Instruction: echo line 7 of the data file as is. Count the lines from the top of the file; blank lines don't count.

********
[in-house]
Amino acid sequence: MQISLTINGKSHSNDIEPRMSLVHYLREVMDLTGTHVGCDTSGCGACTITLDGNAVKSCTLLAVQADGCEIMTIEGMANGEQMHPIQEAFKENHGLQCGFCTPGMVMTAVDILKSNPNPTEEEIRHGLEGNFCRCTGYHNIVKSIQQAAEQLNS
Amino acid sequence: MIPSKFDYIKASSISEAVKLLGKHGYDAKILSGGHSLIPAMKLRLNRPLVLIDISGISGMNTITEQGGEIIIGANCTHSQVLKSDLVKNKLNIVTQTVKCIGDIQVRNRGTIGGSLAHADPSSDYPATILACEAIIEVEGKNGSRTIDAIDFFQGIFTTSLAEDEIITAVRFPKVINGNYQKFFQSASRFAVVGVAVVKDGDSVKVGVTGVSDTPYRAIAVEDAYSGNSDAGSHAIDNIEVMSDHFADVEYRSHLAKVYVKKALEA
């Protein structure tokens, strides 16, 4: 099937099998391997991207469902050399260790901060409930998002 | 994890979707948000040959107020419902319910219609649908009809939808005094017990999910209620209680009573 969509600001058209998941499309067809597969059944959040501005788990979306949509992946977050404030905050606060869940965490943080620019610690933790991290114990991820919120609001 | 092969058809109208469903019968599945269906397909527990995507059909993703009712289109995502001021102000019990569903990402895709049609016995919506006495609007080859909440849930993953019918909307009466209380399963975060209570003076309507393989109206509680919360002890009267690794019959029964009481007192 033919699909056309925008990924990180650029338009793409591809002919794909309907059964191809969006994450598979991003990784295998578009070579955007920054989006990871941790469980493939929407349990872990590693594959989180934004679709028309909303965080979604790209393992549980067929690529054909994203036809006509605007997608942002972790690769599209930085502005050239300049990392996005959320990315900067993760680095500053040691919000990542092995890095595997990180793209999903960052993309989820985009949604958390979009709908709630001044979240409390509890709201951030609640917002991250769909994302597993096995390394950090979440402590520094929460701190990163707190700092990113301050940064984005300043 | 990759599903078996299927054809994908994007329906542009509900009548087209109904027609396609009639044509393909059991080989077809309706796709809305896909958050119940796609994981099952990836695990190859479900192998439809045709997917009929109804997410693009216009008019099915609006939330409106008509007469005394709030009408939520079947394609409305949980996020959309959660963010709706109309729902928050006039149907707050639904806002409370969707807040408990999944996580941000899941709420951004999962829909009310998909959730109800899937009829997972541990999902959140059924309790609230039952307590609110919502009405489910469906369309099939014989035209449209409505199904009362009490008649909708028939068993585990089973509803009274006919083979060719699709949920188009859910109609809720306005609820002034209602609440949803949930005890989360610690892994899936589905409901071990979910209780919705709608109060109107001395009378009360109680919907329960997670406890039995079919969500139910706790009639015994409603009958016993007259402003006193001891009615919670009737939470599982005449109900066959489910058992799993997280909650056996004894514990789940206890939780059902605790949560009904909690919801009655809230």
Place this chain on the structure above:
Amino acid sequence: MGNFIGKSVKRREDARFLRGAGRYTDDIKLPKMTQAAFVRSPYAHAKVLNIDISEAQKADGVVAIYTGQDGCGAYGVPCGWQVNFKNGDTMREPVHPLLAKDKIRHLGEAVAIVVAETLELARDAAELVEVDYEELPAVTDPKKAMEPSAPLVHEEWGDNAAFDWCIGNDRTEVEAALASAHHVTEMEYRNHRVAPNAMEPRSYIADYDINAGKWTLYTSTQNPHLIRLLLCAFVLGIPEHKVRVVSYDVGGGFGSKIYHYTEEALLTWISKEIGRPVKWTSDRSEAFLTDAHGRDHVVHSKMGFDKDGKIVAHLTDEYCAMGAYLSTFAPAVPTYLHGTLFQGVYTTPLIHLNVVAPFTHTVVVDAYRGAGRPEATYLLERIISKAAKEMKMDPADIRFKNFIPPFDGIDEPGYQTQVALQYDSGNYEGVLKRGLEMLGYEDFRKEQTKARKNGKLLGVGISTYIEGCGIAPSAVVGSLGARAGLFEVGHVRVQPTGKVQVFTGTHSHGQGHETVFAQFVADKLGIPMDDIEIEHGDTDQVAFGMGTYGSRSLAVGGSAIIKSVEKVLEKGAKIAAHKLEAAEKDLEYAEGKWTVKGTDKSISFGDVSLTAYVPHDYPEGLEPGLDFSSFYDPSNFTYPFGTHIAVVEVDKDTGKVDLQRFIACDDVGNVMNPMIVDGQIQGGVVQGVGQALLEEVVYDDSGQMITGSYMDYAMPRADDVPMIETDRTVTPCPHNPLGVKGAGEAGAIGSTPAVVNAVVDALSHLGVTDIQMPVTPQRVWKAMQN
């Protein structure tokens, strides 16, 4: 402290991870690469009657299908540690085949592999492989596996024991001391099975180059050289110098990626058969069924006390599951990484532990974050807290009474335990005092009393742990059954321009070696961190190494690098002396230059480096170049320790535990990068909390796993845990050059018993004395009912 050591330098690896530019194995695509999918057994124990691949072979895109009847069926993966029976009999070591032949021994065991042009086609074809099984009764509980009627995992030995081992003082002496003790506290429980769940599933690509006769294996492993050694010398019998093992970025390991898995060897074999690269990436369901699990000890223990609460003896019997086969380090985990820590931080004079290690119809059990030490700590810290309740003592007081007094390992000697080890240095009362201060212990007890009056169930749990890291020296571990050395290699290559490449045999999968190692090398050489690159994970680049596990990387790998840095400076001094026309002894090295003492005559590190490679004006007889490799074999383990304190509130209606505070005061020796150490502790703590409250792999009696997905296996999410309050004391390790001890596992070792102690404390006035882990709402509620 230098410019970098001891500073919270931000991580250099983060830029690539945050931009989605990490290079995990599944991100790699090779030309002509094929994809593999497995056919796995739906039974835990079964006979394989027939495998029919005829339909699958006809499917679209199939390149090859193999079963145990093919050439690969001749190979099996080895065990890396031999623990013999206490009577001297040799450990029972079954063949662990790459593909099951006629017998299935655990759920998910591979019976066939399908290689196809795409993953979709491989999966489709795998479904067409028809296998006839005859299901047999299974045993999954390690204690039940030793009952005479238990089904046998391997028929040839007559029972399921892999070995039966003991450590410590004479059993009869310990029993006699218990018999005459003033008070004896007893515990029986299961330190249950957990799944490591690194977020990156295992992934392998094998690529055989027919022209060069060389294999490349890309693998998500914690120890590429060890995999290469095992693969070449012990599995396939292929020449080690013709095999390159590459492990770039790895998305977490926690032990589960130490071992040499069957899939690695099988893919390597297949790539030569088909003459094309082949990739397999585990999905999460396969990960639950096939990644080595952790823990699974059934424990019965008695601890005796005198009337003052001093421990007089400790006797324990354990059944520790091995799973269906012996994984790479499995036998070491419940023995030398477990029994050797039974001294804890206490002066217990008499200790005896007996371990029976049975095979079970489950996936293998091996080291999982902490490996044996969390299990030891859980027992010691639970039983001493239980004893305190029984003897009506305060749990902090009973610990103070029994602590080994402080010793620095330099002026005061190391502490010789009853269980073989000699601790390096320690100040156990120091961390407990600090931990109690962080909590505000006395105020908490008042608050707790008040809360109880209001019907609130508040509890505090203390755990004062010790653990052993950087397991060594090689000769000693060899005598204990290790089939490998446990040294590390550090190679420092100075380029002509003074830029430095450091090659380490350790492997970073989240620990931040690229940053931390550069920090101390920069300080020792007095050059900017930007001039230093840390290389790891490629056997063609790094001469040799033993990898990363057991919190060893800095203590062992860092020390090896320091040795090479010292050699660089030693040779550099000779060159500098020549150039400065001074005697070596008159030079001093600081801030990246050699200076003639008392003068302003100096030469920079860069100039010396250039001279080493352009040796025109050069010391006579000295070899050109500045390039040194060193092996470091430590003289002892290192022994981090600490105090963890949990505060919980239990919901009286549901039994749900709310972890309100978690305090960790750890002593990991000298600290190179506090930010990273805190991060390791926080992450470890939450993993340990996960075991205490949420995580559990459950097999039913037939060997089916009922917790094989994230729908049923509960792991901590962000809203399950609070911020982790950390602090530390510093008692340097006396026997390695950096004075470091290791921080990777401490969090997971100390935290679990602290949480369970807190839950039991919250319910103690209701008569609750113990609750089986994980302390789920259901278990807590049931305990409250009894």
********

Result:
């Protein structure tokens, strides 16, 4: 402290991870690469009657299908540690085949592999492989596996024991001391099975180059050289110098990626058969069924006390599951990484532990974050807290009474335990005092009393742990059954321009070696961190190494690098002396230059480096170049320790535990990068909390796993845990050059018993004395009912 050591330098690896530019194995695509999918057994124990691949072979895109009847069926993966029976009999070591032949021994065991042009086609074809099984009764509980009627995992030995081992003082002496003790506290429980769940599933690509006769294996492993050694010398019998093992970025390991898995060897074999690269990436369901699990000890223990609460003896019997086969380090985990820590931080004079290690119809059990030490700590810290309740003592007081007094390992000697080890240095009362201060212990007890009056169930749990890291020296571990050395290699290559490449045999999968190692090398050489690159994970680049596990990387790998840095400076001094026309002894090295003492005559590190490679004006007889490799074999383990304190509130209606505070005061020796150490502790703590409250792999009696997905296996999410309050004391390790001890596992070792102690404390006035882990709402509620 230098410019970098001891500073919270931000991580250099983060830029690539945050931009989605990490290079995990599944991100790699090779030309002509094929994809593999497995056919796995739906039974835990079964006979394989027939495998029919005829339909699958006809499917679209199939390149090859193999079963145990093919050439690969001749190979099996080895065990890396031999623990013999206490009577001297040799450990029972079954063949662990790459593909099951006629017998299935655990759920998910591979019976066939399908290689196809795409993953979709491989999966489709795998479904067409028809296998006839005859299901047999299974045993999954390690204690039940030793009952005479238990089904046998391997028929040839007559029972399921892999070995039966003991450590410590004479059993009869310990029993006699218990018999005459003033008070004896007893515990029986299961330190249950957990799944490591690194977020990156295992992934392998094998690529055989027919022209060069060389294999490349890309693998998500914690120890590429060890995999290469095992693969070449012990599995396939292929020449080690013709095999390159590459492990770039790895998305977490926690032990589960130490071992040499069957899939690695099988893919390597297949790539030569088909003459094309082949990739397999585990999905999460396969990960639950096939990644080595952790823990699974059934424990019965008695601890005796005198009337003052001093421990007089400790006797324990354990059944520790091995799973269906012996994984790479499995036998070491419940023995030398477990029994050797039974001294804890206490002066217990008499200790005896007996371990029976049975095979079970489950996936293998091996080291999982902490490996044996969390299990030891859980027992010691639970039983001493239980004893305190029984003897009506305060749990902090009973610990103070029994602590080994402080010793620095330099002026005061190391502490010789009853269980073989000699601790390096320690100040156990120091961390407990600090931990109690962080909590505000006395105020908490008042608050707790008040809360109880209001019907609130508040509890505090203390755990004062010790653990052993950087397991060594090689000769000693060899005598204990290790089939490998446990040294590390550090190679420092100075380029002509003074830029430095450091090659380490350790492997970073989240620990931040690229940053931390550069920090101390920069300080020792007095050059900017930007001039230093840390290389790891490629056997063609790094001469040799033993990898990363057991919190060893800095203590062992860092020390090896320091040795090479010292050699660089030693040779550099000779060159500098020549150039400065001074005697070596008159030079001093600081801030990246050699200076003639008392003068302003100096030469920079860069100039010396250039001279080493352009040796025109050069010391006579000295070899050109500045390039040194060193092996470091430590003289002892290192022994981090600490105090963890949990505060919980239990919901009286549901039994749900709310972890309100978690305090960790750890002593990991000298600290190179506090930010990273805190991060390791926080992450470890939450993993340990996960075991205490949420995580559990459950097999039913037939060997089916009922917790094989994230729908049923509960792991901590962000809203399950609070911020982790950390602090530390510093008692340097006396026997390695950096004075470091290791921080990777401490969090997971100390935290679990602290949480369970807190839950039991919250319910103690209701008569609750113990609750089986994980302390789920259901278990807590049931305990409250009894």